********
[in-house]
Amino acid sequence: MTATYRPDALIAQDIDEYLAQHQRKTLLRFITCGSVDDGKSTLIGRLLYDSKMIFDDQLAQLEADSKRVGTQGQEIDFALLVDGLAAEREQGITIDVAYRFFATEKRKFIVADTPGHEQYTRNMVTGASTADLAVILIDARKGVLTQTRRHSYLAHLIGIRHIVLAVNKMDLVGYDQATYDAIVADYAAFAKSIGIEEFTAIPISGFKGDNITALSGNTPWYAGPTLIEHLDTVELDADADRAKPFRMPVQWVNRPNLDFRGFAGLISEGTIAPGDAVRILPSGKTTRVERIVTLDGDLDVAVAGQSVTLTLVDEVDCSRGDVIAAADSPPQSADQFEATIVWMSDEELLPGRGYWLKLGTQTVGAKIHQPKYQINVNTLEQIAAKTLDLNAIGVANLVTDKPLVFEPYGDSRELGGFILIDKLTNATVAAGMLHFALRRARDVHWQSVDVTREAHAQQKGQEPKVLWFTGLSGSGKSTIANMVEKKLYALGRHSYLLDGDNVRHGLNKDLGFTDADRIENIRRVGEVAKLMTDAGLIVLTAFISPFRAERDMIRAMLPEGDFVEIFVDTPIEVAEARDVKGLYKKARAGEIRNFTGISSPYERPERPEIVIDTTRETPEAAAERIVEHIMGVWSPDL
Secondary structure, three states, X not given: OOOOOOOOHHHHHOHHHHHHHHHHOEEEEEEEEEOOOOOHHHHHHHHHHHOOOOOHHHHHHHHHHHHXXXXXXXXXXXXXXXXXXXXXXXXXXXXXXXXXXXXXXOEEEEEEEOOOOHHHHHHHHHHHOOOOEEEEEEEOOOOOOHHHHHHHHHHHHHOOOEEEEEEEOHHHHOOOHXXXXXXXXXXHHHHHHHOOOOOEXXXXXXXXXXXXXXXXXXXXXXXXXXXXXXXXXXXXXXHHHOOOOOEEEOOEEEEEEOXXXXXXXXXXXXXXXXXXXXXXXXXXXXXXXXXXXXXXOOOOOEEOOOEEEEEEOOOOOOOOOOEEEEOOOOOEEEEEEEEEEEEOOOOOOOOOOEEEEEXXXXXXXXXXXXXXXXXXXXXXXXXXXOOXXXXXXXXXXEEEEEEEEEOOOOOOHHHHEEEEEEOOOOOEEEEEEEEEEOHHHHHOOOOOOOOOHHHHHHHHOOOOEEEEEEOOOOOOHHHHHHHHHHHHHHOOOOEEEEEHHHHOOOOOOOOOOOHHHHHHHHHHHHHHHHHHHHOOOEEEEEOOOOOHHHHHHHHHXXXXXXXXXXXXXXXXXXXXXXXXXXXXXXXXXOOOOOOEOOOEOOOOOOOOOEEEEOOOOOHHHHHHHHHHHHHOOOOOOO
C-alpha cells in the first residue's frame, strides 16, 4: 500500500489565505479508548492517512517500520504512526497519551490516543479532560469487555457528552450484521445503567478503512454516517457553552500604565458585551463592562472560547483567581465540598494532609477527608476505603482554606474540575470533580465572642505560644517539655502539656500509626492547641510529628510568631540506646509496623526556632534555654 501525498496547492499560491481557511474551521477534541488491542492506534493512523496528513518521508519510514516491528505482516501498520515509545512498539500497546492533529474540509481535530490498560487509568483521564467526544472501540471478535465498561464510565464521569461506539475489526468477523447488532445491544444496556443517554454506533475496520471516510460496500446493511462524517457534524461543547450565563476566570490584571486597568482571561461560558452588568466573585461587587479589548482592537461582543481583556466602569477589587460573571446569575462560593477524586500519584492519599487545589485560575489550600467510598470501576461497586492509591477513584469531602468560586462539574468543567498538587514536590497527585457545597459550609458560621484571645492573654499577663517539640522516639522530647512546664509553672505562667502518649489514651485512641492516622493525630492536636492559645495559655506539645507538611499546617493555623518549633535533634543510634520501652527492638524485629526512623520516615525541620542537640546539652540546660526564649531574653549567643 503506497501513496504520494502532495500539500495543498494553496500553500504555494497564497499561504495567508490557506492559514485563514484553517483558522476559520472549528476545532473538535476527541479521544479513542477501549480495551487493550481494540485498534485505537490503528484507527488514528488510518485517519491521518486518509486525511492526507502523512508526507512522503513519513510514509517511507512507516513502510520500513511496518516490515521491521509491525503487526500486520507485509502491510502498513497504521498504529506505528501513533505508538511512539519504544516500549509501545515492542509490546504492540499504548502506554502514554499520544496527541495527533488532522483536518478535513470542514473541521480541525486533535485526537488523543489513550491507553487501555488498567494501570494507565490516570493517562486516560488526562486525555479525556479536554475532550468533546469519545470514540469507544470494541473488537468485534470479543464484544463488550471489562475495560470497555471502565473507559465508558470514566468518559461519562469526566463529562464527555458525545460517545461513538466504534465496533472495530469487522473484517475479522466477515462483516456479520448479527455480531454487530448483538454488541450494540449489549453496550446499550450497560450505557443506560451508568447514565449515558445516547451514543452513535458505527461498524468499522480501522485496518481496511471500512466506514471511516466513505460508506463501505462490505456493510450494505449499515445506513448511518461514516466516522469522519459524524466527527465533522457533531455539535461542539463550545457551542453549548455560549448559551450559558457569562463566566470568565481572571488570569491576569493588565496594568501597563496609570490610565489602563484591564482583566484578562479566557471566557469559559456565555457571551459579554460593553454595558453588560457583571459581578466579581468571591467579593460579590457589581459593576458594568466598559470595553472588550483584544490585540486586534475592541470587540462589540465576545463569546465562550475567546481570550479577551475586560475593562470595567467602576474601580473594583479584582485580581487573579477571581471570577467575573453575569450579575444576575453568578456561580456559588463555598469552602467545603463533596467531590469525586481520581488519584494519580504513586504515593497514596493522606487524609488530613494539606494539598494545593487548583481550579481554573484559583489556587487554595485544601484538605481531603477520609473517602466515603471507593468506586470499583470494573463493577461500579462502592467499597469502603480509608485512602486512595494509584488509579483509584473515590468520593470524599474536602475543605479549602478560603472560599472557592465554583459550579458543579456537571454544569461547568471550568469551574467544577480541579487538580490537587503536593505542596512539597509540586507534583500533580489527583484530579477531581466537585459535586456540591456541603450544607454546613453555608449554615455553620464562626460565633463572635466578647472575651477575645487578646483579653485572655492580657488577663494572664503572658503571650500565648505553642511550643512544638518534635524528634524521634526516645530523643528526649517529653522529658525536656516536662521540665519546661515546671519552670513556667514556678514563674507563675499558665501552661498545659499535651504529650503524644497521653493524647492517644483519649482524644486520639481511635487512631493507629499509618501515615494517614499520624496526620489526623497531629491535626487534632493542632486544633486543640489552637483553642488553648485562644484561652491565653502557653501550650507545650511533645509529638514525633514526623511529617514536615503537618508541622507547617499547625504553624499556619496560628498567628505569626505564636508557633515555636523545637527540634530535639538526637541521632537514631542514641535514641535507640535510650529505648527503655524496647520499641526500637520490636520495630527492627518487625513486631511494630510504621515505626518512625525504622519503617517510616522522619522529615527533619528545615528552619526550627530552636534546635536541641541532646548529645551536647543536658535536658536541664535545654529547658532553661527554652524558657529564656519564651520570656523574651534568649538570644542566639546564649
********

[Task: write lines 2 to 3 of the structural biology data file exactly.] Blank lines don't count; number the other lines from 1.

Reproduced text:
Amino acid sequence: MTATYRPDALIAQDIDEYLAQHQRKTLLRFITCGSVDDGKSTLIGRLLYDSKMIFDDQLAQLEADSKRVGTQGQEIDFALLVDGLAAEREQGITIDVAYRFFATEKRKFIVADTPGHEQYTRNMVTGASTADLAVILIDARKGVLTQTRRHSYLAHLIGIRHIVLAVNKMDLVGYDQATYDAIVADYAAFAKSIGIEEFTAIPISGFKGDNITALSGNTPWYAGPTLIEHLDTVELDADADRAKPFRMPVQWVNRPNLDFRGFAGLISEGTIAPGDAVRILPSGKTTRVERIVTLDGDLDVAVAGQSVTLTLVDEVDCSRGDVIAAADSPPQSADQFEATIVWMSDEELLPGRGYWLKLGTQTVGAKIHQPKYQINVNTLEQIAAKTLDLNAIGVANLVTDKPLVFEPYGDSRELGGFILIDKLTNATVAAGMLHFALRRARDVHWQSVDVTREAHAQQKGQEPKVLWFTGLSGSGKSTIANMVEKKLYALGRHSYLLDGDNVRHGLNKDLGFTDADRIENIRRVGEVAKLMTDAGLIVLTAFISPFRAERDMIRAMLPEGDFVEIFVDTPIEVAEARDVKGLYKKARAGEIRNFTGISSPYERPERPEIVIDTTRETPEAAAERIVEHIMGVWSPDL
Secondary structure, three states, X not given: OOOOOOOOHHHHHOHHHHHHHHHHOEEEEEEEEEOOOOOHHHHHHHHHHHOOOOOHHHHHHHHHHHHXXXXXXXXXXXXXXXXXXXXXXXXXXXXXXXXXXXXXXOEEEEEEEOOOOHHHHHHHHHHHOOOOEEEEEEEOOOOOOHHHHHHHHHHHHHOOOEEEEEEEOHHHHOOOHXXXXXXXXXXHHHHHHHOOOOOEXXXXXXXXXXXXXXXXXXXXXXXXXXXXXXXXXXXXXXHHHOOOOOEEEOOEEEEEEOXXXXXXXXXXXXXXXXXXXXXXXXXXXXXXXXXXXXXXOOOOOEEOOOEEEEEEOOOOOOOOOOEEEEOOOOOEEEEEEEEEEEEOOOOOOOOOOEEEEEXXXXXXXXXXXXXXXXXXXXXXXXXXXOOXXXXXXXXXXEEEEEEEEEOOOOOOHHHHEEEEEEOOOOOEEEEEEEEEEOHHHHHOOOOOOOOOHHHHHHHHOOOOEEEEEEOOOOOOHHHHHHHHHHHHHHOOOOEEEEEHHHHOOOOOOOOOOOHHHHHHHHHHHHHHHHHHHHOOOEEEEEOOOOOHHHHHHHHHXXXXXXXXXXXXXXXXXXXXXXXXXXXXXXXXXOOOOOOEOOOEOOOOOOOOOEEEEOOOOOHHHHHHHHHHHHHOOOOOOO